We found 6 mohs skin cancer surgeons who accept Humana HMO near Louisville, KY.

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Specializes in Dermatopathology, MOHS-Micrographic Surgery
2811 Klempner Way; Suite 345
Louisville, KY
 

Dr. Andrew West practices dermatopathology and MOHS-micrographic surgery in Louisville, KY. After attending the University of California, San Francisco (UCSF), School of Medicine, he completed his residency training at a hospital affiliated with the University of California, San Diego (UCSD). Dr. West is an in-network provider for several insurance carriers, including Humana HMO, Humana Bronze, and Humana Catastrophic. He is professionally affiliated with Norton Healthcare.

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Dr. Leon Hirant Kircik, MD
Specializes in MOHS-Micrographic Surgery
1169 Eastern Parkway; Suite 2310
Louisville, KY
 

Dr. Leon Kircik is a medical specialist in MOHS-micrographic surgery. His patients gave him an average rating of 3.0 out of 5 stars. Dr. Kircik honors several insurance carriers, including Humana HMO, Humana Bronze, and Humana Catastrophic. He attended medical school at Stony Brook University Medical Center, School of Medicine and SUNY Downstate Medical Center College of Medicine. Dr. Kircik completed his residency training at a hospital affiliated with SUNY, University at Buffalo. He is open to new patients.

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Dr. Michael William McCall Sr., MD
Specializes in MOHS-Micrographic Surgery
Louisville, KY
 

Dr. Michael McCall practices MOHS-micrographic surgery in Louisville, KY. He is an in-network provider for Humana HMO, Humana Bronze, Humana Catastrophic, and more. He graduated from the University of Louisville School of Medicine.

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Specializes in Other, Dermatological Immunology, Pediatric Dermatology, Dermatopathology, MOHS-Micrographic Surgery
825 University Woods Drive; Suite #8
New Albany, IN
 

Dr. Duane Banet works as a pediatric dermatologist, dermatological immunologist, and dermatopathologist in New Albany, IN. Patients rated him highly, giving him an average of 4.0 stars out of 5. He is in-network for Humana HMO, Humana Bronze, Humana Catastrophic, and more. Dr. Banet studied medicine at the University of Louisville School of Medicine.

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Specializes in MOHS-Micrographic Surgery
444 South First Street; Suite 100
Louisville, KY
 

Dr. Robert Zax's area of specialization is MOHS-micrographic surgery. The average patient rating for Dr. Zax is 4.5 stars out of 5. Humana HMO, Humana Bronze, and Humana Catastrophic are among the insurance carriers that Dr. Zax honors. He studied medicine at the University of Louisville School of Medicine.

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Specializes in MOHS-Micrographic Surgery
501 S 2nd Street
Louisville, KY
 

Dr. Kevin O'Bryan specializes in MOHS-micrographic surgery. Dr. O'Bryan is a graduate of the University of Kentucky College of Medicine. He honors Humana HMO, Humana Bronze, and Humana Catastrophic, as well as other insurance carriers.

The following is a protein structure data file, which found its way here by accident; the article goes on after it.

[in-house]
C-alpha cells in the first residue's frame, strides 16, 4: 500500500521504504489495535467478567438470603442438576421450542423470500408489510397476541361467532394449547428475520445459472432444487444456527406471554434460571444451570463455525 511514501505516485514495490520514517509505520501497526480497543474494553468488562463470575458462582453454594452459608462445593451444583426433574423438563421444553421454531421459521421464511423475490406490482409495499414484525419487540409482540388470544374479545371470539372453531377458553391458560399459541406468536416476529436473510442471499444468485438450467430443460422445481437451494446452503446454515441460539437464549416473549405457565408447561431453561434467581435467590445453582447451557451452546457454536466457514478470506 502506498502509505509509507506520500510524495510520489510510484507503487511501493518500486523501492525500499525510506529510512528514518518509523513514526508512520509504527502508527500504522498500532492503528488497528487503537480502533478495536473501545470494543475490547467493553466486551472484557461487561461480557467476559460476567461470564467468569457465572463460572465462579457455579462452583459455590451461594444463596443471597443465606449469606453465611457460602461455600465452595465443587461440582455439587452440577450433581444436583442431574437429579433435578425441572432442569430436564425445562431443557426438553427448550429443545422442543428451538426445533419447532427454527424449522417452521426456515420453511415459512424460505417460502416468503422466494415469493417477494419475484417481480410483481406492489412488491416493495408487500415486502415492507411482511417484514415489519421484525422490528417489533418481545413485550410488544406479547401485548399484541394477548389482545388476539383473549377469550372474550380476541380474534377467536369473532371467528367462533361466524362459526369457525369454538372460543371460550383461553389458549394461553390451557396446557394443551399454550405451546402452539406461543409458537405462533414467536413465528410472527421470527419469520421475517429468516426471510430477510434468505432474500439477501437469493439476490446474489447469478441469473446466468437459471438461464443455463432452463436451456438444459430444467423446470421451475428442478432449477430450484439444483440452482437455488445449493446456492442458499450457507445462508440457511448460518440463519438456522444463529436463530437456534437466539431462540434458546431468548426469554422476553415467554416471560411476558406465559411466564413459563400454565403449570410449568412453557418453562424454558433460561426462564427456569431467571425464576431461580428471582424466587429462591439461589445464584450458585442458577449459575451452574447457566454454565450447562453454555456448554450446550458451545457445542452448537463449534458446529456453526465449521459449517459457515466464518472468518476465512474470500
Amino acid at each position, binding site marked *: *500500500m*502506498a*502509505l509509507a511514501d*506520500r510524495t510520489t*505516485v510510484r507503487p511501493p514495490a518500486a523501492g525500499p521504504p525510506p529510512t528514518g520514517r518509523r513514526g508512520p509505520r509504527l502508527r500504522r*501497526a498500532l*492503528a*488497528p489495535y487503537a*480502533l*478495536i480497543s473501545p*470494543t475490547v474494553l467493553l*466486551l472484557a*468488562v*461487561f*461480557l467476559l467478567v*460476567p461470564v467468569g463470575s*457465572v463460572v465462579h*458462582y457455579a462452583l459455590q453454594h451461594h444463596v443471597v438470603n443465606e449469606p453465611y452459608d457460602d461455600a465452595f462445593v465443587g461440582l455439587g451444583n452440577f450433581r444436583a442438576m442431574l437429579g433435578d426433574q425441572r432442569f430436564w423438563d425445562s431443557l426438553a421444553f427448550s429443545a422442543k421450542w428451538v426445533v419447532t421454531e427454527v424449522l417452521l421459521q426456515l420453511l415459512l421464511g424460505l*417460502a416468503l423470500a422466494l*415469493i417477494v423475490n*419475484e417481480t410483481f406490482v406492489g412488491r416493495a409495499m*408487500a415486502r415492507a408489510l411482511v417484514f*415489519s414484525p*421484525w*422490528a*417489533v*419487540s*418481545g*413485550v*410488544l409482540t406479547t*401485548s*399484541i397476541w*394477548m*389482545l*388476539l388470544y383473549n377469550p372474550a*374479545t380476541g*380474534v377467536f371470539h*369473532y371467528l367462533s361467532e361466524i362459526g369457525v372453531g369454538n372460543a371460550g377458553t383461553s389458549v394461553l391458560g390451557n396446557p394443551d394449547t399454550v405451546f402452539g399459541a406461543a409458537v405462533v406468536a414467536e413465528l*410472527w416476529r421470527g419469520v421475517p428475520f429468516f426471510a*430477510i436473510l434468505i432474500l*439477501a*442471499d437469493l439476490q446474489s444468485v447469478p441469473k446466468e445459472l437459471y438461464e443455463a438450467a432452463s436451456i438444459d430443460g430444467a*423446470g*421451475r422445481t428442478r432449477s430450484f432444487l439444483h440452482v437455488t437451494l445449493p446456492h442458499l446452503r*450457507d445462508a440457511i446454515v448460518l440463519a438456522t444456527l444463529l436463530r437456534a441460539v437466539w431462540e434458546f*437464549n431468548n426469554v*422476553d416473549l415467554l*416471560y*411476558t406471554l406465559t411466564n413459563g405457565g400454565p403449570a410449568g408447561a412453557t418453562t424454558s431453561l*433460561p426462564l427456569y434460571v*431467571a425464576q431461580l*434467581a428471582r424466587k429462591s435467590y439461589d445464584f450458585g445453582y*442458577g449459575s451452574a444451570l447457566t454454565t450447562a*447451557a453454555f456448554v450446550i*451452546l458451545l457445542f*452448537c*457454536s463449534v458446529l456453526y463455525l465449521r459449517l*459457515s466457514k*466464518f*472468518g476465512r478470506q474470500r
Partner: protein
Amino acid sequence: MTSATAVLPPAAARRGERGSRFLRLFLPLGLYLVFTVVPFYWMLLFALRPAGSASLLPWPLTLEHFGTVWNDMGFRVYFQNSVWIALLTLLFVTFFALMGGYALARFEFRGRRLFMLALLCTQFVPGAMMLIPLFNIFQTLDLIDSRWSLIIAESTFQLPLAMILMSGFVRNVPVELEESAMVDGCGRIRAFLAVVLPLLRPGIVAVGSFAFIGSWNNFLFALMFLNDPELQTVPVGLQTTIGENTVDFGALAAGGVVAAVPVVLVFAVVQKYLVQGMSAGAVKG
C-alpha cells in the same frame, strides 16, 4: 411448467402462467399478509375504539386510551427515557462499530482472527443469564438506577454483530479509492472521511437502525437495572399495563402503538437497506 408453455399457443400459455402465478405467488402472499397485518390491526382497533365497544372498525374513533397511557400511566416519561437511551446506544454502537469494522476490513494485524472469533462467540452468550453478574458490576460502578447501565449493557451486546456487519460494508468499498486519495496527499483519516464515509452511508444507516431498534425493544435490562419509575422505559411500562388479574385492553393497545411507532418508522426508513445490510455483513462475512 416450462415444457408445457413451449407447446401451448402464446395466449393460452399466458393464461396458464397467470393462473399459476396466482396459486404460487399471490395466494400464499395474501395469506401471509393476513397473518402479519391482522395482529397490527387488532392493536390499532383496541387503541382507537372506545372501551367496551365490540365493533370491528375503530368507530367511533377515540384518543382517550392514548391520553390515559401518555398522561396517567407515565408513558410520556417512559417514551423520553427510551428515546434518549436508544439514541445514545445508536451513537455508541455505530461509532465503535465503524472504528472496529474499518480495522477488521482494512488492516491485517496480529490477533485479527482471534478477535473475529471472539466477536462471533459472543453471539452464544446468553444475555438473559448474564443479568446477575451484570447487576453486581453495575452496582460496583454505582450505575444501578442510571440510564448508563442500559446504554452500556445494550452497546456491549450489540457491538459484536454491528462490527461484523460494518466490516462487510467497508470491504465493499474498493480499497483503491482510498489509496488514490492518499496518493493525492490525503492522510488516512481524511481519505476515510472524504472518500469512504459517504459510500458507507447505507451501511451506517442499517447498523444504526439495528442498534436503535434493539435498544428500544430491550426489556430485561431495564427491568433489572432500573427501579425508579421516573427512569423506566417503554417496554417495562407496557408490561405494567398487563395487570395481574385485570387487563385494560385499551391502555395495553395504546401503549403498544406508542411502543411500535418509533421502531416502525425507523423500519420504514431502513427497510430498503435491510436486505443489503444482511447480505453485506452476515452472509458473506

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What is MOHS-Micrographic Surgery?

Mohs micrographic surgery is a surgical treatment for skin cancer that was developed by Dr. Frederick Mohs in the 1930’s. It is the most effective technique for removing the most common types of skin cancer. For the two most common types of skin cancer, basal cell carcinoma and squamous cell carcinoma, Mohs has a 98-99% cure rate. The remarkable thing about Mohs is that it manages to be extremely good at removing all of the cancer cells while at the same time leaving behind most of the healthy tissue, so there is a smaller wound. This makes the procedure safer, speeds up the the recovery time, and minimizes scarring.

During Mohs surgery, skin around the cancer site is mapped out and removed in thin layers. Then each layer is examined under a microscope for cancer cells, while the surgery is in progress. If cancer cells are detected, the surgery continues and another layer is removed. If the skin is clear, the surgery can be stopped. This eliminates the guesswork for surgeons. There is no need to estimate the borders or roots of the cancer and no need to remove a margin of healthy tissue to ensure that all of the cancer is removed.

Even though Mohs has a high cure rate, is safer than other treatments, and takes less tissue, not every skin cancer is treated with Mohs. First, Mohs takes quite a bit longer than traditional surgery because each layer of skin must be carefully cut, prepped, and examined. It is also more expensive and may not always be covered by insurance. In addition, for smaller or less aggressive cancers that are easier to treat, the cure rate for non-Mohs treatments is close to that of Mohs; thus, the extra time and cost of Mohs might not be justified. Other kinds of skin cancer, such as melanoma, are hard to see under a microscope. Since melanoma is so dangerous, Mohs has traditionally not been used to treat it, as there is too much risk for missed cancer cells being left behind in the body. However, recent developments in stains (which make cancer cells more visible under a microscope) may change the role of Mohs in melanoma treatment.

Mohs microsurgery has changed the way doctors treat skin cancer in the past 80 years, and it continues to gain in popularity as it increases the effectiveness and safety of skin cancer treatment.